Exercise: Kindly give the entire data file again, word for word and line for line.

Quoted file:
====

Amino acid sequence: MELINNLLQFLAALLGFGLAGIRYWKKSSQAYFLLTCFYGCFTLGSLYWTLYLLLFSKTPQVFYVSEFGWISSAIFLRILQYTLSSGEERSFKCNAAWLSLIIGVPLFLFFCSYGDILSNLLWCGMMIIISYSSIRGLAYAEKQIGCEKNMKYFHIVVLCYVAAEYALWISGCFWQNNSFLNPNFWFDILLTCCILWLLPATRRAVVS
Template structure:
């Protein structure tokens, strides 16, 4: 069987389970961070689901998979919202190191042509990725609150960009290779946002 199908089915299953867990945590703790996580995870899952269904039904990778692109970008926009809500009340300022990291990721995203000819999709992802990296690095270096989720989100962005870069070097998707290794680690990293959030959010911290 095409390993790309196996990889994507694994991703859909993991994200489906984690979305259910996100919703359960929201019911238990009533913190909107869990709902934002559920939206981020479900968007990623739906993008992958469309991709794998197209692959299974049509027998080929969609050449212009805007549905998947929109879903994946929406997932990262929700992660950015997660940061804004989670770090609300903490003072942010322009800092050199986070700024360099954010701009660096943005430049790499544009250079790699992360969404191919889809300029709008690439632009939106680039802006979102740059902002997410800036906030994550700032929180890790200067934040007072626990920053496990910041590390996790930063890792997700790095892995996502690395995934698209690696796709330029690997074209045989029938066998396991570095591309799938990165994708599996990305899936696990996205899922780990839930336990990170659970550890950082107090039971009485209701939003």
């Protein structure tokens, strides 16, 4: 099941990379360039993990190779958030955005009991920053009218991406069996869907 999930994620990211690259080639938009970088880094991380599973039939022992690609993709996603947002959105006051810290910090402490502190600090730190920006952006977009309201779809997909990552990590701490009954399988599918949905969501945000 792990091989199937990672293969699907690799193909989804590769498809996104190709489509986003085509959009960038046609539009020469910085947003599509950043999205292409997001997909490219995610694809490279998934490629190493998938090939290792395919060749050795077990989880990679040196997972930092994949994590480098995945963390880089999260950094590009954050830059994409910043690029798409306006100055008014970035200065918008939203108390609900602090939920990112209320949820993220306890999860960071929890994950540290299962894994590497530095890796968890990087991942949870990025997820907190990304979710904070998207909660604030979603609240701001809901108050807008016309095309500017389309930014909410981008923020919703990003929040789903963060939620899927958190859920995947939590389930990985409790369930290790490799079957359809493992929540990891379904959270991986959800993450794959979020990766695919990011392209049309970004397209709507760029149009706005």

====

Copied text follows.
Amino acid sequence: MELINNLLQFLAALLGFGLAGIRYWKKSSQAYFLLTCFYGCFTLGSLYWTLYLLLFSKTPQVFYVSEFGWISSAIFLRILQYTLSSGEERSFKCNAAWLSLIIGVPLFLFFCSYGDILSNLLWCGMMIIISYSSIRGLAYAEKQIGCEKNMKYFHIVVLCYVAAEYALWISGCFWQNNSFLNPNFWFDILLTCCILWLLPATRRAVVS
Template structure:
């Protein structure tokens, strides 16, 4: 069987389970961070689901998979919202190191042509990725609150960009290779946002 199908089915299953867990945590703790996580995870899952269904039904990778692109970008926009809500009340300022990291990721995203000819999709992802990296690095270096989720989100962005870069070097998707290794680690990293959030959010911290 095409390993790309196996990889994507694994991703859909993991994200489906984690979305259910996100919703359960929201019911238990009533913190909107869990709902934002559920939206981020479900968007990623739906993008992958469309991709794998197209692959299974049509027998080929969609050449212009805007549905998947929109879903994946929406997932990262929700992660950015997660940061804004989670770090609300903490003072942010322009800092050199986070700024360099954010701009660096943005430049790499544009250079790699992360969404191919889809300029709008690439632009939106680039802006979102740059902002997410800036906030994550700032929180890790200067934040007072626990920053496990910041590390996790930063890792997700790095892995996502690395995934698209690696796709330029690997074209045989029938066998396991570095591309799938990165994708599996990305899936696990996205899922780990839930336990990170659970550890950082107090039971009485209701939003």
């Protein structure tokens, strides 16, 4: 099941990379360039993990190779958030955005009991920053009218991406069996869907 999930994620990211690259080639938009970088880094991380599973039939022992690609993709996603947002959105006051810290910090402490502190600090730190920006952006977009309201779809997909990552990590701490009954399988599918949905969501945000 792990091989199937990672293969699907690799193909989804590769498809996104190709489509986003085509959009960038046609539009020469910085947003599509950043999205292409997001997909490219995610694809490279998934490629190493998938090939290792395919060749050795077990989880990679040196997972930092994949994590480098995945963390880089999260950094590009954050830059994409910043690029798409306006100055008014970035200065918008939203108390609900602090939920990112209320949820993220306890999860960071929890994950540290299962894994590497530095890796968890990087991942949870990025997820907190990304979710904070998207909660604030979603609240701001809901108050807008016309095309500017389309930014909410981008923020919703990003929040789903963060939620899927958190859920995947939590389930990985409790369930290790490799079957359809493992929540990891379904959270991986959800993450794959979020990766695919990011392209049309970004397209709507760029149009706005």